Source: (-0001) Washington, DC: Centre for Justice and Reconciliation at Prison Fellowship International. Downloaded 11 August 2005.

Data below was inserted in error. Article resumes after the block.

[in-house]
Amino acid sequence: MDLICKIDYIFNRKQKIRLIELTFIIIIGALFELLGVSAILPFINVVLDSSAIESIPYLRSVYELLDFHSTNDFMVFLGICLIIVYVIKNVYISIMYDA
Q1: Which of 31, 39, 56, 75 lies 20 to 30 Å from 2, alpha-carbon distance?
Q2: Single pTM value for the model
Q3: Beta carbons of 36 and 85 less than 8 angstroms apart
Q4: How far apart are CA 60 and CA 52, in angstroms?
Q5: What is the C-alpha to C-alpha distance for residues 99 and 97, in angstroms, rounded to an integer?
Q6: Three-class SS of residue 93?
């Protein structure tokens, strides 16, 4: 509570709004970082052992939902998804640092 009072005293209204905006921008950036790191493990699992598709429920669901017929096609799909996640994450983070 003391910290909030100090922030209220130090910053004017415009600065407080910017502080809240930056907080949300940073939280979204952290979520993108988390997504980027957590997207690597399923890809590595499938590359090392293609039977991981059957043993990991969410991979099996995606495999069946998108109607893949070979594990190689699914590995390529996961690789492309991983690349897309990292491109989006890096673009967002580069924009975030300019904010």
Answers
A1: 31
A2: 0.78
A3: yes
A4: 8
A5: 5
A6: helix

In many ways the religious community still struggles to respond appropriately to the plight of victims, and the legal community still has much to learn about satisfying justice, in both senses of the phrase – what truly satisfies the demands of justice, and what form of justice brings most satisfaction to the parties involved, particularly to victims. In this article I first offer some reflections on the nature of victimisation and on why the presence of victims poses particular challenges to the faith community. I then turn to consider restorative justice, which is one of the most promising justice alternatives to emerge in recent times. I propose that there are theological as well as practical reasons for why restorative justice merits our support and confidence as a satisfactory, and satisfying way, to address the justice needs of victims, as well as those of others caught up in the tragedy of crime. (excerpt)